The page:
6 reasons that military couples get divorced

On Behalf of | Jan 3, 2018 | Family Law

Life in the military is noble, but it’s hard. There’s no denying that it puts strains on your relationships. If you’re married, that could mean straining the marriage to the breaking point.

To better understand the issue and why this happens, here are some potential reasons why military couples split up:

1. Military families move a lot.

While a career in the military may be stable, the rest of a soldier’s life may not be. Soldiers get sent to different bases and training camps, and that’s not even counting overseas posts and deployments. The family may have to pack up and move constantly. While the person in the military accepts it as part of the job, the other spouse may find it incredibly hard not to settle down.

2. Deployments are long.

For many couples, being apart for a few days or a week is tough. In the military, one spouse may get deployed for months on end. These separations can cause the couple to drift apart, whether they like it or not.

3. One person isn’t faithful.

With this time apart comes, for some, the desire to be unfaithful to the marriage. While the stereotype is of the spouse at home being unfaithful to the solider during a deployment, one expert noted that the opposite was often true. The soldier on deployment would be in a high-stress environment with another soldier, and this shared experience could cause a relationship to start, even when one or both were already married. They may even feel they have more in common with each other than their spouses at home.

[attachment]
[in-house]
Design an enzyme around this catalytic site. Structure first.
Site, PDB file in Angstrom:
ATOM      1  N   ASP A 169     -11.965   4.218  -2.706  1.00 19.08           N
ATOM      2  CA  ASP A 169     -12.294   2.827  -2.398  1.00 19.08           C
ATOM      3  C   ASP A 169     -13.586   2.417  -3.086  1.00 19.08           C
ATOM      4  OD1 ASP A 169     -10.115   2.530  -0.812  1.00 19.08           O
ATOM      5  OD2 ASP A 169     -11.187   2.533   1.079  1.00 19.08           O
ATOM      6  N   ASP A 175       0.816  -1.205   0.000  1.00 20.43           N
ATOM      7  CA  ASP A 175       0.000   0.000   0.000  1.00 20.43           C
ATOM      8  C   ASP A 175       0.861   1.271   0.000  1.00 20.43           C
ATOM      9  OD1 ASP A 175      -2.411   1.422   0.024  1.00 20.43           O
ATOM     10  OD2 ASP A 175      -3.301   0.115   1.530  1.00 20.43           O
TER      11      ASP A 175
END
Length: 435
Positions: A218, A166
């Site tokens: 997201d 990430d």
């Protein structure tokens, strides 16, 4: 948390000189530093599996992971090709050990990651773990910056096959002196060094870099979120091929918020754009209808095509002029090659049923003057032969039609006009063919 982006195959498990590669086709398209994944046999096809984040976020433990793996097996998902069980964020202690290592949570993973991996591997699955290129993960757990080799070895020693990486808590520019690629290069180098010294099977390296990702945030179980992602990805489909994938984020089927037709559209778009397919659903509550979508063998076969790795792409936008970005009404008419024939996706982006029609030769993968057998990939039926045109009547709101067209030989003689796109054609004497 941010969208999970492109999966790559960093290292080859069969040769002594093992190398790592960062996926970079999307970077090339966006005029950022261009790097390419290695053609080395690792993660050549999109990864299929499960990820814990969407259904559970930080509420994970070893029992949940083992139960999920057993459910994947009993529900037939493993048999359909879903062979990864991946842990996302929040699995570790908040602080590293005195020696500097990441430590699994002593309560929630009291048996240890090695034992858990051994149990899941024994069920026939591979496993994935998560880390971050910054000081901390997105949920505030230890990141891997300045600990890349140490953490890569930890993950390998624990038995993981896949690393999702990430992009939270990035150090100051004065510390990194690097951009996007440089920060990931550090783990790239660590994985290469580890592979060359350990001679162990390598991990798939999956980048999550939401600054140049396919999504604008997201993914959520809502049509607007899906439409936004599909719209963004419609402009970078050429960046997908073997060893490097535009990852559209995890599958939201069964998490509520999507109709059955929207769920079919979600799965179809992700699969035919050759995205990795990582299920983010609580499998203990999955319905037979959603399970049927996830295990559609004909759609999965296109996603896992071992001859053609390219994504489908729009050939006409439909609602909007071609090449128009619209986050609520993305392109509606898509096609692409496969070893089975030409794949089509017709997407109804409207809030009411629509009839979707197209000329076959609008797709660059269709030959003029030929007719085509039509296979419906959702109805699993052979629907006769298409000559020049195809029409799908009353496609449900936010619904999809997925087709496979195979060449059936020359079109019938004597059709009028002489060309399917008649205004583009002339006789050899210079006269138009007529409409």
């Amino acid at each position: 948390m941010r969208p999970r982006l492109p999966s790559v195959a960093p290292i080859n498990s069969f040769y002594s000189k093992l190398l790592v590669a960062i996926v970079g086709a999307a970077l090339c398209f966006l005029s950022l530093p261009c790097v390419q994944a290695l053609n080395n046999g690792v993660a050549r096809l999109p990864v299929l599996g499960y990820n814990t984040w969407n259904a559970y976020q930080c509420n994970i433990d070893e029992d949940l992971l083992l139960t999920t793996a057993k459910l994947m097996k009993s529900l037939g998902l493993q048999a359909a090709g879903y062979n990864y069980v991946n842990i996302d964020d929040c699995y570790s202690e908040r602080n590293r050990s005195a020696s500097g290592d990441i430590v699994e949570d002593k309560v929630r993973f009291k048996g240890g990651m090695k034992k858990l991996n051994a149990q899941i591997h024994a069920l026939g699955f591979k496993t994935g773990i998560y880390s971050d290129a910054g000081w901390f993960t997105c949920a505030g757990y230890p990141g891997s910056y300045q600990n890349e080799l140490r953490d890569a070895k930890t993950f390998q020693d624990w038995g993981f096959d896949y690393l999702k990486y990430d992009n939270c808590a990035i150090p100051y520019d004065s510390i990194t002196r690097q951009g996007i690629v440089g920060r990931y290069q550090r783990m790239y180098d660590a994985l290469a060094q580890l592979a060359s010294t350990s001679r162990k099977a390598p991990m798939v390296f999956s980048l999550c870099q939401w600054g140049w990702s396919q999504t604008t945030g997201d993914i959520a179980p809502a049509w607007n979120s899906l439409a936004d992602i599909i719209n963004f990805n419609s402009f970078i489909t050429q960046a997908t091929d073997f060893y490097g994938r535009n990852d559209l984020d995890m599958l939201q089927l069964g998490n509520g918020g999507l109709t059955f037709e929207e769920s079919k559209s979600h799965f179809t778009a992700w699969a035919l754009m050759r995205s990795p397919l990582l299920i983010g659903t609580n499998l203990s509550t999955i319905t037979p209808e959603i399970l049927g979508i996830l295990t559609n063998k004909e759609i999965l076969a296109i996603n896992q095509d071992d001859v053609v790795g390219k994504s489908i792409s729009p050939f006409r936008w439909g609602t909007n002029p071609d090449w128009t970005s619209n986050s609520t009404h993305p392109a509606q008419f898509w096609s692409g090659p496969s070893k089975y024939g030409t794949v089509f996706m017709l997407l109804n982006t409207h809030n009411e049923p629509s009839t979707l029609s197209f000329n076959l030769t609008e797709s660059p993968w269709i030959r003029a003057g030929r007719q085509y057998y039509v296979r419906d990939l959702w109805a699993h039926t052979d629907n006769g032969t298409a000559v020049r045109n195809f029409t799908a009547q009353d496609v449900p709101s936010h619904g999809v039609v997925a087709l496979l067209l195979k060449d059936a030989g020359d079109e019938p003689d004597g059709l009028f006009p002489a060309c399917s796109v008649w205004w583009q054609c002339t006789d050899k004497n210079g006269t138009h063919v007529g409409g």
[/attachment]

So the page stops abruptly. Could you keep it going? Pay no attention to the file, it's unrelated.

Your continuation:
4. Couples have to keep secrets.

Communication is a key to marriage. Not keeping secrets can be critical. Unfortunately, many members of the armed forces are not allowed to tell anyone what they’re doing. Even if the other spouse understands the need for secrecy and security, it can lead to stress.

5. Duties get confusing when a spouse returns.

With all the stress of being apart, the homecoming should be fun and exciting. It can be, but household duties and family roles are often confusing. One spouse has to do it all during deployments and is essentially single. When the military spouse comes back, he or she takes roles or at least wants them. This can frustrate the other person, who gives up decision-making power and then has to take all that responsibility back at the next deployment.

6. The non-military spouse may have to abandon a career.

With all of the moving and instability, it’s hard for the other spouse to have a career. Plus, if the family has kids, that spouse has to watch them — again, much like a single parent — most of the time. This can end one person’s career entirely.

When divorce strikes, it can grow complicated, especially with military schedules and responsibilities. Couples need to know their rights.

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